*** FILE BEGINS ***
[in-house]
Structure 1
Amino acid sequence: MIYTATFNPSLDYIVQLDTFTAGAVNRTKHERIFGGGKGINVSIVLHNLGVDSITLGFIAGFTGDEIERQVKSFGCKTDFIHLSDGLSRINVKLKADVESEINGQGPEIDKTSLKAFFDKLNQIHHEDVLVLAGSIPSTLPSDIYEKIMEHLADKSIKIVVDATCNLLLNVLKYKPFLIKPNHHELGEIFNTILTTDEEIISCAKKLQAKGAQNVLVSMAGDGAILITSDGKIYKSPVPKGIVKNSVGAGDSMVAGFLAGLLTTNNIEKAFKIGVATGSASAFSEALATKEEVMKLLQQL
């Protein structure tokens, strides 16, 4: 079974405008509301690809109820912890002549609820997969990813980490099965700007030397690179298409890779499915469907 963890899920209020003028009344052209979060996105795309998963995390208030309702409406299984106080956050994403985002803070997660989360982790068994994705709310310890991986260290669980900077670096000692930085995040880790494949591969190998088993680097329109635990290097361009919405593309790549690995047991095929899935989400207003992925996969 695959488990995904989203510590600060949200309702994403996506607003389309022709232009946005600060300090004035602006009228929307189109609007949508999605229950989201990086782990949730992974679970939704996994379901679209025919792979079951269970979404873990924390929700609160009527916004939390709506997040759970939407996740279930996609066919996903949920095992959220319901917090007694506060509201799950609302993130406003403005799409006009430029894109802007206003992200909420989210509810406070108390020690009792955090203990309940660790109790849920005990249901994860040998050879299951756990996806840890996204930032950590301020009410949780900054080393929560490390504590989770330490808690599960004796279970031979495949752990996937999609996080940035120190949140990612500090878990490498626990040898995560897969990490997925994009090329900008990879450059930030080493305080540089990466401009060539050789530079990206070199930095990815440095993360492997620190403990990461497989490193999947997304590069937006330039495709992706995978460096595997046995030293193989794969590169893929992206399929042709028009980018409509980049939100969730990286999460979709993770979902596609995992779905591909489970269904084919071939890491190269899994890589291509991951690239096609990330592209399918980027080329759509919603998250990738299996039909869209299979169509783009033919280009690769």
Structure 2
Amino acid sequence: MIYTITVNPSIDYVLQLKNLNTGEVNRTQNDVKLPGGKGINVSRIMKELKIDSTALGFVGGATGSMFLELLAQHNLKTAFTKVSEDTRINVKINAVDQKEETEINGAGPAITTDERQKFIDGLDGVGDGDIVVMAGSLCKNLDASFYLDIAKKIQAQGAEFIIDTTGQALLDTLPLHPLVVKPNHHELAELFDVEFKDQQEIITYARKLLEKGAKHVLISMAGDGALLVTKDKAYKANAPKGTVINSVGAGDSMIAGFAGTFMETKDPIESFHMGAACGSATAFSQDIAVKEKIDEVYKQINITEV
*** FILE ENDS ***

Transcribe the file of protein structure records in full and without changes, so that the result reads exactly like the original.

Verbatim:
[in-house]
Structure 1
Amino acid sequence: MIYTATFNPSLDYIVQLDTFTAGAVNRTKHERIFGGGKGINVSIVLHNLGVDSITLGFIAGFTGDEIERQVKSFGCKTDFIHLSDGLSRINVKLKADVESEINGQGPEIDKTSLKAFFDKLNQIHHEDVLVLAGSIPSTLPSDIYEKIMEHLADKSIKIVVDATCNLLLNVLKYKPFLIKPNHHELGEIFNTILTTDEEIISCAKKLQAKGAQNVLVSMAGDGAILITSDGKIYKSPVPKGIVKNSVGAGDSMVAGFLAGLLTTNNIEKAFKIGVATGSASAFSEALATKEEVMKLLQQL
């Protein structure tokens, strides 16, 4: 079974405008509301690809109820912890002549609820997969990813980490099965700007030397690179298409890779499915469907 963890899920209020003028009344052209979060996105795309998963995390208030309702409406299984106080956050994403985002803070997660989360982790068994994705709310310890991986260290669980900077670096000692930085995040880790494949591969190998088993680097329109635990290097361009919405593309790549690995047991095929899935989400207003992925996969 695959488990995904989203510590600060949200309702994403996506607003389309022709232009946005600060300090004035602006009228929307189109609007949508999605229950989201990086782990949730992974679970939704996994379901679209025919792979079951269970979404873990924390929700609160009527916004939390709506997040759970939407996740279930996609066919996903949920095992959220319901917090007694506060509201799950609302993130406003403005799409006009430029894109802007206003992200909420989210509810406070108390020690009792955090203990309940660790109790849920005990249901994860040998050879299951756990996806840890996204930032950590301020009410949780900054080393929560490390504590989770330490808690599960004796279970031979495949752990996937999609996080940035120190949140990612500090878990490498626990040898995560897969990490997925994009090329900008990879450059930030080493305080540089990466401009060539050789530079990206070199930095990815440095993360492997620190403990990461497989490193999947997304590069937006330039495709992706995978460096595997046995030293193989794969590169893929992206399929042709028009980018409509980049939100969730990286999460979709993770979902596609995992779905591909489970269904084919071939890491190269899994890589291509991951690239096609990330592209399918980027080329759509919603998250990738299996039909869209299979169509783009033919280009690769």
Structure 2
Amino acid sequence: MIYTITVNPSIDYVLQLKNLNTGEVNRTQNDVKLPGGKGINVSRIMKELKIDSTALGFVGGATGSMFLELLAQHNLKTAFTKVSEDTRINVKINAVDQKEETEINGAGPAITTDERQKFIDGLDGVGDGDIVVMAGSLCKNLDASFYLDIAKKIQAQGAEFIIDTTGQALLDTLPLHPLVVKPNHHELAELFDVEFKDQQEIITYARKLLEKGAKHVLISMAGDGALLVTKDKAYKANAPKGTVINSVGAGDSMIAGFAGTFMETKDPIESFHMGAACGSATAFSQDIAVKEKIDEVYKQINITEV